Interview with Gillian Triggs, Assistant High Commissioner – Protection

© UNHCR/Susan Hopper

9 July 2021

As we celebrate the 60th anniversary of the 1961 Convention on the Reduction of Statelessness, we asked UNHCR’s Assistant High Commissioner for Protection, Gillian Triggs, why the 1961 Convention is still relevant today.

Why is it so important for States to accede to the 1961 Convention on the Reduction of Statelessness?

While the grant of nationality is of course a classically sovereign prerogative of the nation State and States have discretion to provide nationality on different grounds, the 1961 Convention provides a number of safeguards to prevent individuals from falling through the cracks. The 1961 Convention was negotiated at a time when the international community was very aware of circumstances linked to conflict, displacement, and shifting borders that could lead to statelessness. But the safeguards of the Convention remain relevant to this day. Without these, a child may end up stateless in case the country in which he or she was born does not grant nationality based on birth on the territory and the law of the State of the parents’ nationality does not permit them to confer their nationality by descent. In this context, the 1961 Convention provides a safeguard so that children acquire the nationality of the country in which they were born if they would otherwise be left stateless. The Convention also generally prevents people from being deprived of their nationality where doing so would leave them stateless. Complying with this rule would help States to avoid potential situations of mass statelessness, which we unfortunately continue to see occurring in certain parts of the world today. Fortunately given the high rate of accessions to the 1961 Convention (we’ve had 15 since the #IBelong Campaign was launched in 2014), we can say as we approach the 60th anniversary that States clearly see and value its continued relevance.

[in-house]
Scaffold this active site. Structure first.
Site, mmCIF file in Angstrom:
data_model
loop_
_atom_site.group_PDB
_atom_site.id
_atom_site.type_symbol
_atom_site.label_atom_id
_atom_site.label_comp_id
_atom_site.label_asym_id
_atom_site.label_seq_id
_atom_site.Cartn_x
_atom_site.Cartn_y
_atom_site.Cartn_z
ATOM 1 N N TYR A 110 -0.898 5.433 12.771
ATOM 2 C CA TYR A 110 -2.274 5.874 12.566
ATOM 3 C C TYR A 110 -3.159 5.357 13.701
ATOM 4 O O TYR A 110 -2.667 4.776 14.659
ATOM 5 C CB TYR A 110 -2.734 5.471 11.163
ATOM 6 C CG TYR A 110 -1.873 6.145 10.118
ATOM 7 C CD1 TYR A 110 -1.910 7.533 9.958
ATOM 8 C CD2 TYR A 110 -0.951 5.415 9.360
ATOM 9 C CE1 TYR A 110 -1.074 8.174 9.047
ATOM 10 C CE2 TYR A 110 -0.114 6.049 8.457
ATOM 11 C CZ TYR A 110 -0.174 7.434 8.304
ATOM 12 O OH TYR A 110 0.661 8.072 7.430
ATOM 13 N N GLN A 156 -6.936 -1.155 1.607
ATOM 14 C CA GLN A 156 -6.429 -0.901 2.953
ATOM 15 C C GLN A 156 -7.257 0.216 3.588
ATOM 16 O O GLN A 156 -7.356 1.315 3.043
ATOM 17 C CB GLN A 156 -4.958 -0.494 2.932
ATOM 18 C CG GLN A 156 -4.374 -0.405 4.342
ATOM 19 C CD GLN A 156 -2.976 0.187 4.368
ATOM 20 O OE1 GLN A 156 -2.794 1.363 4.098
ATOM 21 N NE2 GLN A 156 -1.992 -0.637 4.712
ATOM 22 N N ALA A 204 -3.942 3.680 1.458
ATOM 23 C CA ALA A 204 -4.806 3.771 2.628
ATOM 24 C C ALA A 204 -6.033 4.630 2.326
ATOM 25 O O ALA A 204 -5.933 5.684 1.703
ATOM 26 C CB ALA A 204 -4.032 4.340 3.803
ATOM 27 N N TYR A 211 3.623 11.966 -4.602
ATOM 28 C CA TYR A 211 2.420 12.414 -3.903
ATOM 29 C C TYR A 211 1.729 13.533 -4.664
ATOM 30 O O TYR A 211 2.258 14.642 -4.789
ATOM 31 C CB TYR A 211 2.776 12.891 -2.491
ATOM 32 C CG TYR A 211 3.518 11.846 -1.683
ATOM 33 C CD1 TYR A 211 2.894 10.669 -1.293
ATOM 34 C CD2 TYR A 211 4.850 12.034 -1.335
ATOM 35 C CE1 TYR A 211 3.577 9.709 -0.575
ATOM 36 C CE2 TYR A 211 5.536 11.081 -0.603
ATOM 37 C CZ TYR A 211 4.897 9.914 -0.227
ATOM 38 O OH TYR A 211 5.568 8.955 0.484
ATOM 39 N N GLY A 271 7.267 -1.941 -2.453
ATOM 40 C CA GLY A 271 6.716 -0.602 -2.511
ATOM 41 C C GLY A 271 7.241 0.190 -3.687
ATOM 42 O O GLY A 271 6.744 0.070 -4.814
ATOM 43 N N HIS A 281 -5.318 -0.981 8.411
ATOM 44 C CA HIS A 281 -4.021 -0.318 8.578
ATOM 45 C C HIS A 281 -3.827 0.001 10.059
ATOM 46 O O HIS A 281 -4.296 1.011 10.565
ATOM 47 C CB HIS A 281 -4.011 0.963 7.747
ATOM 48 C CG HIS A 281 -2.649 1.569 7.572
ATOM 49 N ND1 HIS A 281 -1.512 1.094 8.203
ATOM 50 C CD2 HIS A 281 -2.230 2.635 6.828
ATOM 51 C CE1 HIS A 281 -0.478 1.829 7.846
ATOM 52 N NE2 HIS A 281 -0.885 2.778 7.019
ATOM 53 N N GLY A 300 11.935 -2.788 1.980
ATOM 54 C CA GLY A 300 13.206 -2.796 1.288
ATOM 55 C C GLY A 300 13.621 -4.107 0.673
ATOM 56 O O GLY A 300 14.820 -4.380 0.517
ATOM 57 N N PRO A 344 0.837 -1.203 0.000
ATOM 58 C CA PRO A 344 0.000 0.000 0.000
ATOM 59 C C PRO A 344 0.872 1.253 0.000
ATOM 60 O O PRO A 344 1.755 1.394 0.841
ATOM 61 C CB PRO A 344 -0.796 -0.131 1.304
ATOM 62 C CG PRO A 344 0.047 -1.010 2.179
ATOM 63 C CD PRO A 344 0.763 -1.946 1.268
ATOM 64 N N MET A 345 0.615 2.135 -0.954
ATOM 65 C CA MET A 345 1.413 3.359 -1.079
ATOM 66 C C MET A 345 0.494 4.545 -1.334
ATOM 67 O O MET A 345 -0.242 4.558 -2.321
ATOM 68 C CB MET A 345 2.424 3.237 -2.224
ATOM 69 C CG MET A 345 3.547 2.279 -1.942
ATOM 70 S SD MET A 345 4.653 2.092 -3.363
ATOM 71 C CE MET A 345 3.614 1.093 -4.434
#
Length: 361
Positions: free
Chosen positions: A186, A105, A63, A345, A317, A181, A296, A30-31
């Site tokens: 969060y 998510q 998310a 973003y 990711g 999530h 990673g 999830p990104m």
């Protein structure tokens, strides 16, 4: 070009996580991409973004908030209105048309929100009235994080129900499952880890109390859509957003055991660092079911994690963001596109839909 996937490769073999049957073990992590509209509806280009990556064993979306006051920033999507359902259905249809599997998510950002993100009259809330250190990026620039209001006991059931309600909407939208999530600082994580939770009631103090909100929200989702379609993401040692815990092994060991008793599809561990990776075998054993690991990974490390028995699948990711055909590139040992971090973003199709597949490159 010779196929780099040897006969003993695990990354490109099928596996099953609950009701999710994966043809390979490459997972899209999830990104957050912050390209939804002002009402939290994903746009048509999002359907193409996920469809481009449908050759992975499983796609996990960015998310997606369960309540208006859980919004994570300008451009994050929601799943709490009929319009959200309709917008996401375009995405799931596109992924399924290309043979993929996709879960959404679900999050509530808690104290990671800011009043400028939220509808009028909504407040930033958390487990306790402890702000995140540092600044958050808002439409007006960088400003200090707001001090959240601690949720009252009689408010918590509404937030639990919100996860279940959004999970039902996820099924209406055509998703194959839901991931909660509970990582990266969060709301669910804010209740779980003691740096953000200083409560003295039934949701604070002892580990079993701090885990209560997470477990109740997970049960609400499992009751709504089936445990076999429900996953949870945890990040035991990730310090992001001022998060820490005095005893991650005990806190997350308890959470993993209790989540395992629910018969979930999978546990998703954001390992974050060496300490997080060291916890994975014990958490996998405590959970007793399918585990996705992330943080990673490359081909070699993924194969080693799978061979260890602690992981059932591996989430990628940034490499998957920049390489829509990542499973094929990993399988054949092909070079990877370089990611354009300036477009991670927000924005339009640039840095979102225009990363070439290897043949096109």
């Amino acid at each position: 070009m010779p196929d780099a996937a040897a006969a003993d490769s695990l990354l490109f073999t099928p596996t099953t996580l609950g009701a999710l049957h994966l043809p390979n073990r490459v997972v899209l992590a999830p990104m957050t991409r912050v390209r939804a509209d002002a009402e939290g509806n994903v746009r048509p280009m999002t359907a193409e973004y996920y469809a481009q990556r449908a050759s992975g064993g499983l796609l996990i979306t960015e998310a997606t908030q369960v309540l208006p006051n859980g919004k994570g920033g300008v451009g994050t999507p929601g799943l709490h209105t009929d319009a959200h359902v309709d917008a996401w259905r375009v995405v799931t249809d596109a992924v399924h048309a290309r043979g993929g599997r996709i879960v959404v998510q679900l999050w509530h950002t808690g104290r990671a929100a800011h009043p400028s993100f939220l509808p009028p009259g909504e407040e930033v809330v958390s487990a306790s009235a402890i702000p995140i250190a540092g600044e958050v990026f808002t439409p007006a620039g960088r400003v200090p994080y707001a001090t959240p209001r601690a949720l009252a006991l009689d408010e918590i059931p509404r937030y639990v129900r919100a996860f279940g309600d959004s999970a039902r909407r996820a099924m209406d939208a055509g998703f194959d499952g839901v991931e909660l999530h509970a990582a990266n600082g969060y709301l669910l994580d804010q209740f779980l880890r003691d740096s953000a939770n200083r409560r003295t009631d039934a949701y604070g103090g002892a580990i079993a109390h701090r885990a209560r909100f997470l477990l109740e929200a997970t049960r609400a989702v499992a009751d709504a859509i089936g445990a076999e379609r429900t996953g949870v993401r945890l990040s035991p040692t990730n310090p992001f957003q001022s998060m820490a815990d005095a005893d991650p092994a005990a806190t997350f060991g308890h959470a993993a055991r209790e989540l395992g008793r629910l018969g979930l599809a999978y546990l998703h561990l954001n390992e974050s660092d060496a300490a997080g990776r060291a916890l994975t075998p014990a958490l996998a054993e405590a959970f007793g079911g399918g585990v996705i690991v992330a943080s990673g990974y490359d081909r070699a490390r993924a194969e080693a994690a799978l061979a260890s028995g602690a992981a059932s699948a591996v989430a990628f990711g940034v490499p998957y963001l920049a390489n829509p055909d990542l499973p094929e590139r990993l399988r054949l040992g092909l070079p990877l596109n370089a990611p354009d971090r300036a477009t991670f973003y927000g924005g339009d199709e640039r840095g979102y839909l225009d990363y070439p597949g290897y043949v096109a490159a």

One of the four pillars of UNHCR’s work on statelessness is prevention. How has the #IBelong Campaign and the Global Action Plan to End Statelessness by 2024 helped accelerate prevention efforts?